Rambus: We Were Price-Fixing Target

E-mails released in court suggest chipmakers including Micron and Hynix fixed prices as part of a coordinated effort to hurt Rambus

Chip technology designer Rambus may have just gotten a big leg up in a legal battle against chipmakers it has accused of fixing prices in the memory chip market. A cache of newly released e-mail messages shows those companies shared information on pricing and suggests their actions were motivated by a desire to shove a Rambus-backed technology out of the market.

The e-mails are contained in documents that have previously been sealed under a protective order. Rambus prevailed in convincing the judge to unseal the documents, and the protective order expired May 31. Rambus provided copies of the documents to BusinessWeek Online.


 Micron Technology (MU) Samsung, and Hynix Semiconductor have already admitted to conspiracy to fix prices on computer memory chips during a period starting in 1999 and ending in 2002. The admission followed a a four-year investigation by the Justice Dept. that resulted in more than $700 million in fines, and jail terms for several executives of those companies.

But in 2004, Rambus (RMBS) filed its own antitrust lawsuit in a California state court in San Francisco. The suit alleges that Micron, Hynix, Samsung, and Infineon Technologies (IFX) colluded to fix prices on computer memory chips from 1999 to 2002 in such a way as to drive a type of chip on which Rambus held many patents out of the market. Rambus has since settled all outstanding legal disputes with Infineon, but the fight with the other three is pending.

The companies worked together to improve prices on a competing type of memory chip in order to discourage computer makers like Dell (DELL), Hewlett-Packard (HPQ), Gateway (GTW), and others from adopting a type of memory known as Direct Rambus Dynamic Random Access Memory (RDRAM) in their computers, and instead favor a competing type of memory chip known as Double Data Rate DRAM (DDR-DRAM).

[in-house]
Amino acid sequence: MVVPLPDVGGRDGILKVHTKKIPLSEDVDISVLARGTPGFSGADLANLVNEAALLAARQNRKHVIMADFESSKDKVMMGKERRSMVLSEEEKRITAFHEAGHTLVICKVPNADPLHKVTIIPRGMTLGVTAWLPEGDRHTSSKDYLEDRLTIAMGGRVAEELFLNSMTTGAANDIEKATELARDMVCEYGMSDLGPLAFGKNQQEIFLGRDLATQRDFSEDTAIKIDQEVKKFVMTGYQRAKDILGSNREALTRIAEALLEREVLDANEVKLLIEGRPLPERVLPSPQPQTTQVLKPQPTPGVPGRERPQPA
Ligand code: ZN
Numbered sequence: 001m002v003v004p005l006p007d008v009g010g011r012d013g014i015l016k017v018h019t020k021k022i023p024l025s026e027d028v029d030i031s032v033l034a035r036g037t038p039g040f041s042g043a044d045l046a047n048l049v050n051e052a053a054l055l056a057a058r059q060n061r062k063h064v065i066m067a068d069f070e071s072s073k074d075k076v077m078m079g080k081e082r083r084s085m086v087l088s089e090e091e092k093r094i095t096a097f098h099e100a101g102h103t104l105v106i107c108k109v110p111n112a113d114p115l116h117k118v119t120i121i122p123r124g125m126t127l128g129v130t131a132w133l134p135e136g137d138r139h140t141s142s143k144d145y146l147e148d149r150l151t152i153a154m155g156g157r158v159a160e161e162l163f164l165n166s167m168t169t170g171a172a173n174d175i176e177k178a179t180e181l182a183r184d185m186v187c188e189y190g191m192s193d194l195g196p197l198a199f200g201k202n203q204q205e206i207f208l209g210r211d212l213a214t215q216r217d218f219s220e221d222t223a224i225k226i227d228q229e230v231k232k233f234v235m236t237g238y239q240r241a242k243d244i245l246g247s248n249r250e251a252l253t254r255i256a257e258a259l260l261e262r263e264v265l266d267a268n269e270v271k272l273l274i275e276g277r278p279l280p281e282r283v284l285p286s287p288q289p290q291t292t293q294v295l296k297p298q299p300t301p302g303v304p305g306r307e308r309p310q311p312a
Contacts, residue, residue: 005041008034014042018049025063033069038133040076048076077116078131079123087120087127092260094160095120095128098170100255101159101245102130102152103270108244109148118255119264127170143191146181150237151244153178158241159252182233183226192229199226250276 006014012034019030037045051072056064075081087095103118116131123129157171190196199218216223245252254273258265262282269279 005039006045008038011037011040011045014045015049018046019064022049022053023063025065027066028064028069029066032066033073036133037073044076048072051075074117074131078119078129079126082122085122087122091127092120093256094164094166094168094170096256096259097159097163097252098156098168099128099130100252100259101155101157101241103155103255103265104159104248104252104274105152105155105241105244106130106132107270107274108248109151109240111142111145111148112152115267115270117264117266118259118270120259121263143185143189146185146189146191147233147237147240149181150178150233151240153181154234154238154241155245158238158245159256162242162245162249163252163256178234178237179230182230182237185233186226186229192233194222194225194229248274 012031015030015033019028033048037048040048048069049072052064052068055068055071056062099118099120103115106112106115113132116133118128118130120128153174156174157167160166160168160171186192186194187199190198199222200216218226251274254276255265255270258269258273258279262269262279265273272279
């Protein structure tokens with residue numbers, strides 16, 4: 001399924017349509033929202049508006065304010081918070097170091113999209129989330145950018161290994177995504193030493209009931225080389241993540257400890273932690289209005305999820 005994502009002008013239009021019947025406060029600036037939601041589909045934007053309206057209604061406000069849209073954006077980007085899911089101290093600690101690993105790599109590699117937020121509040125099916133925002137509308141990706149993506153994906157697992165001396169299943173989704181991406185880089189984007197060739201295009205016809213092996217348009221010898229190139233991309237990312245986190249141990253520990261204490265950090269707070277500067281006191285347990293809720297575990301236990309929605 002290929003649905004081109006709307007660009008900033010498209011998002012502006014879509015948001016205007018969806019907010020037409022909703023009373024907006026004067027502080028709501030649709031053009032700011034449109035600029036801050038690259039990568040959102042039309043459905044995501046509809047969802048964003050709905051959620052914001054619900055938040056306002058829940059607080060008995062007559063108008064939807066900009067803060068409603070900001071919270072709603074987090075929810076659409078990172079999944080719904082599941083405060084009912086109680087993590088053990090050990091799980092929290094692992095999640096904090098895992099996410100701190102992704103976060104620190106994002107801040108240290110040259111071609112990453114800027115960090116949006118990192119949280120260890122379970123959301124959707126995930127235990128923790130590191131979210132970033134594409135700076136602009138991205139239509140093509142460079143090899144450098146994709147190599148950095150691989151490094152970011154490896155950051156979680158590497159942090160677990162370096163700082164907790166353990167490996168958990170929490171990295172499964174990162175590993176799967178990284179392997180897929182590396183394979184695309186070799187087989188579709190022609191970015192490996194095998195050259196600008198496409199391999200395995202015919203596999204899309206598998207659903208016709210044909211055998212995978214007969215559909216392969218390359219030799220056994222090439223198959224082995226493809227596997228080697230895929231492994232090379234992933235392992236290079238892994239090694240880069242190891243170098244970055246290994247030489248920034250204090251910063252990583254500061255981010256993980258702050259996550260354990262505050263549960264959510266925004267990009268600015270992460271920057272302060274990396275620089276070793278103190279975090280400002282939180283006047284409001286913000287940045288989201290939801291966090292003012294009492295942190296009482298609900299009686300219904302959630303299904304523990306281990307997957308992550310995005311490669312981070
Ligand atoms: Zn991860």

One e-mail, dated June 5, 2001, from Micron Vice-President Linda Turner to other Micron employees was in response to worries about prices on DDR-DRAM that had been falling. "No problem!," Turner wrote. "We want DDR to explode in the marketplace so have actually been requesting Infineon, Samsung, and Hynix to lower their DDR pricing to help it become a standard (and drive Rambus away completely)."

An earlier e-mail, dated Feb. 16, 2000, from Micron sales representative Tom Addie to a Micron sales manager identified as "mgrant," suggests that Micron was worried about PC makers showing strong interest in the Rambus-designed RDRAM memory chips, which were being manufactured by Samsung.

Addie wrote in the e-mail that someone at Samsung had told him that Compaq was "pressing hard for Rambus support" based on "success that Dell was having" using the chips in its products. A later email to Addie, dated May 22, from a Micron account manager named Bill Lauer asks if Addie can "check in with your Sammy contacts," referring to Samsung.


  Yet another e-mail dated July 3, 2001, this one between employees of Hynix, discusses setting up a meeting with Micron Vice-President Mike Sadler "to discuss with us measures to stabilize the market price."